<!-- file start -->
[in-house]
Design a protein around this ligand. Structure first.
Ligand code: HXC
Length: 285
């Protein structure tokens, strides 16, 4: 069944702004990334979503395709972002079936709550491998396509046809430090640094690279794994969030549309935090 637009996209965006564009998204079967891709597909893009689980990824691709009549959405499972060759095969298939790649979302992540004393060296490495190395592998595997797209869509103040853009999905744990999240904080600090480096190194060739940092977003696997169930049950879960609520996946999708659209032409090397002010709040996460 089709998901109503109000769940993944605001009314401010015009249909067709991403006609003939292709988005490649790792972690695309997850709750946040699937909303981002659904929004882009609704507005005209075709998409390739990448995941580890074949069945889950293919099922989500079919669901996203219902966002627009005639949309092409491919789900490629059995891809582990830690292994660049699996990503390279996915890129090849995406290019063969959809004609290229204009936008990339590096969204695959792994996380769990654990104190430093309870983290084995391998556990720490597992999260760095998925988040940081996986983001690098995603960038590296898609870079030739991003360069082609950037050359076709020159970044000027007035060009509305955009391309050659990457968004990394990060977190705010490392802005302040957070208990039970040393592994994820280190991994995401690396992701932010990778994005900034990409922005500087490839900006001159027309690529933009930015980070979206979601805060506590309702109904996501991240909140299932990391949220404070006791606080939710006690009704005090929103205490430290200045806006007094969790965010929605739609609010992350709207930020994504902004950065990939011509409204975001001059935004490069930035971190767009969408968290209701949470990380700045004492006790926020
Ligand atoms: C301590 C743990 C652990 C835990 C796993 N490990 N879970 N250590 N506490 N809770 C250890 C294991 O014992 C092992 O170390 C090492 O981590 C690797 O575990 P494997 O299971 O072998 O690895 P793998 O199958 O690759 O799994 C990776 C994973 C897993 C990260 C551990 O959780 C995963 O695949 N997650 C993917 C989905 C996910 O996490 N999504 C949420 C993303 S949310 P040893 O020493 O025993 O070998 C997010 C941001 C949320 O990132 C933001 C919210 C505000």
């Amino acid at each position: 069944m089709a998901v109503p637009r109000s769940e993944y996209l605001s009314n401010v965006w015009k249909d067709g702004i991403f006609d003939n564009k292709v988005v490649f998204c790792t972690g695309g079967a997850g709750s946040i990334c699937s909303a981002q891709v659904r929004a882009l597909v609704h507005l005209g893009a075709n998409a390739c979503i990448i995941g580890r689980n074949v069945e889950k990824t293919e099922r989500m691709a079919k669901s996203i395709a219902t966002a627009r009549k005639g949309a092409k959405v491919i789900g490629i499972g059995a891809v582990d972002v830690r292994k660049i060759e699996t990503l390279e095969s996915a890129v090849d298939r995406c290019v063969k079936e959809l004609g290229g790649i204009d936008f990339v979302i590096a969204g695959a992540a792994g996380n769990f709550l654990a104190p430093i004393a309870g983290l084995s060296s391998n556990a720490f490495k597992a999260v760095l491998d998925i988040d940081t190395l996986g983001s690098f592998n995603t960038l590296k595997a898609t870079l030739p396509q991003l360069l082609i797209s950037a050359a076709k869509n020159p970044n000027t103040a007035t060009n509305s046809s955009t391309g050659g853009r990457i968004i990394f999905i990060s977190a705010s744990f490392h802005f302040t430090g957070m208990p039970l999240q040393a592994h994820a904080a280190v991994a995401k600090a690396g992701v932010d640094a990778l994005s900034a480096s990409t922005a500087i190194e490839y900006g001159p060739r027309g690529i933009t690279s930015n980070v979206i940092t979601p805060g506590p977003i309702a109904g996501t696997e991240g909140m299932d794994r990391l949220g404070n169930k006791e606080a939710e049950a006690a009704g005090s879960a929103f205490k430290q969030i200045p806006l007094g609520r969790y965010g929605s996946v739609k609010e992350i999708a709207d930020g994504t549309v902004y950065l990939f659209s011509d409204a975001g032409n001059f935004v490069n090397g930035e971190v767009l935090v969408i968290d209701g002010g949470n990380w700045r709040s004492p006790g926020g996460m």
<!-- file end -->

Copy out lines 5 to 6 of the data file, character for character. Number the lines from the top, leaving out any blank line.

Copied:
């Protein structure tokens, strides 16, 4: 069944702004990334979503395709972002079936709550491998396509046809430090640094690279794994969030549309935090 637009996209965006564009998204079967891709597909893009689980990824691709009549959405499972060759095969298939790649979302992540004393060296490495190395592998595997797209869509103040853009999905744990999240904080600090480096190194060739940092977003696997169930049950879960609520996946999708659209032409090397002010709040996460 089709998901109503109000769940993944605001009314401010015009249909067709991403006609003939292709988005490649790792972690695309997850709750946040699937909303981002659904929004882009609704507005005209075709998409390739990448995941580890074949069945889950293919099922989500079919669901996203219902966002627009005639949309092409491919789900490629059995891809582990830690292994660049699996990503390279996915890129090849995406290019063969959809004609290229204009936008990339590096969204695959792994996380769990654990104190430093309870983290084995391998556990720490597992999260760095998925988040940081996986983001690098995603960038590296898609870079030739991003360069082609950037050359076709020159970044000027007035060009509305955009391309050659990457968004990394990060977190705010490392802005302040957070208990039970040393592994994820280190991994995401690396992701932010990778994005900034990409922005500087490839900006001159027309690529933009930015980070979206979601805060506590309702109904996501991240909140299932990391949220404070006791606080939710006690009704005090929103205490430290200045806006007094969790965010929605739609609010992350709207930020994504902004950065990939011509409204975001001059935004490069930035971190767009969408968290209701949470990380700045004492006790926020
Ligand atoms: C301590 C743990 C652990 C835990 C796993 N490990 N879970 N250590 N506490 N809770 C250890 C294991 O014992 C092992 O170390 C090492 O981590 C690797 O575990 P494997 O299971 O072998 O690895 P793998 O199958 O690759 O799994 C990776 C994973 C897993 C990260 C551990 O959780 C995963 O695949 N997650 C993917 C989905 C996910 O996490 N999504 C949420 C993303 S949310 P040893 O020493 O025993 O070998 C997010 C941001 C949320 O990132 C933001 C919210 C505000």